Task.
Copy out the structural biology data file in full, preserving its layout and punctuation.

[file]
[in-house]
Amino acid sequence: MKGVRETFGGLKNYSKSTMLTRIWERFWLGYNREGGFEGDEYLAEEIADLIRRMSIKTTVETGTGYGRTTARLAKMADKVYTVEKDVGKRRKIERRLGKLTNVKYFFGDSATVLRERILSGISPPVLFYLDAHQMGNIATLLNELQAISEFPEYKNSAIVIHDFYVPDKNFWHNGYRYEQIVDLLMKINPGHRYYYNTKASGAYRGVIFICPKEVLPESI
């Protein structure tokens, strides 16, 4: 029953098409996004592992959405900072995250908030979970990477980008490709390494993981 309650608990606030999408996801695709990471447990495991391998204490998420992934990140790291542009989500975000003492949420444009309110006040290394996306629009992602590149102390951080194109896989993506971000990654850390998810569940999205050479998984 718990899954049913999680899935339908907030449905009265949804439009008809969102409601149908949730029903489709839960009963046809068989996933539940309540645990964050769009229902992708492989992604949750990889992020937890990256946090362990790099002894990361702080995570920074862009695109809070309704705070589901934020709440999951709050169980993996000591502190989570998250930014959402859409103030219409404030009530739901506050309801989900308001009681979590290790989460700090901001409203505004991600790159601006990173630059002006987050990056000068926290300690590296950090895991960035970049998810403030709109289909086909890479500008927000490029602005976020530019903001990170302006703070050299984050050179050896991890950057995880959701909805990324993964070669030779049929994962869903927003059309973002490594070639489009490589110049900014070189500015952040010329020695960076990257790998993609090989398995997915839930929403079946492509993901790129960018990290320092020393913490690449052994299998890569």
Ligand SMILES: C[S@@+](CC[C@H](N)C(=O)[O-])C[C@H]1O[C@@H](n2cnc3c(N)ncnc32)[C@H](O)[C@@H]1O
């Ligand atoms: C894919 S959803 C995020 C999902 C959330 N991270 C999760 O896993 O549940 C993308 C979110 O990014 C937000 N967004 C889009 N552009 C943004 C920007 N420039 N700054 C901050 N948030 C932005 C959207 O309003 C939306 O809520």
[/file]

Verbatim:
[in-house]
Amino acid sequence: MKGVRETFGGLKNYSKSTMLTRIWERFWLGYNREGGFEGDEYLAEEIADLIRRMSIKTTVETGTGYGRTTARLAKMADKVYTVEKDVGKRRKIERRLGKLTNVKYFFGDSATVLRERILSGISPPVLFYLDAHQMGNIATLLNELQAISEFPEYKNSAIVIHDFYVPDKNFWHNGYRYEQIVDLLMKINPGHRYYYNTKASGAYRGVIFICPKEVLPESI
């Protein structure tokens, strides 16, 4: 029953098409996004592992959405900072995250908030979970990477980008490709390494993981 309650608990606030999408996801695709990471447990495991391998204490998420992934990140790291542009989500975000003492949420444009309110006040290394996306629009992602590149102390951080194109896989993506971000990654850390998810569940999205050479998984 718990899954049913999680899935339908907030449905009265949804439009008809969102409601149908949730029903489709839960009963046809068989996933539940309540645990964050769009229902992708492989992604949750990889992020937890990256946090362990790099002894990361702080995570920074862009695109809070309704705070589901934020709440999951709050169980993996000591502190989570998250930014959402859409103030219409404030009530739901506050309801989900308001009681979590290790989460700090901001409203505004991600790159601006990173630059002006987050990056000068926290300690590296950090895991960035970049998810403030709109289909086909890479500008927000490029602005976020530019903001990170302006703070050299984050050179050896991890950057995880959701909805990324993964070669030779049929994962869903927003059309973002490594070639489009490589110049900014070189500015952040010329020695960076990257790998993609090989398995997915839930929403079946492509993901790129960018990290320092020393913490690449052994299998890569």
Ligand SMILES: C[S@@+](CC[C@H](N)C(=O)[O-])C[C@H]1O[C@@H](n2cnc3c(N)ncnc32)[C@H](O)[C@@H]1O
């Ligand atoms: C894919 S959803 C995020 C999902 C959330 N991270 C999760 O896993 O549940 C993308 C979110 O990014 C937000 N967004 C889009 N552009 C943004 C920007 N420039 N700054 C901050 N948030 C932005 C959207 O309003 C939306 O809520």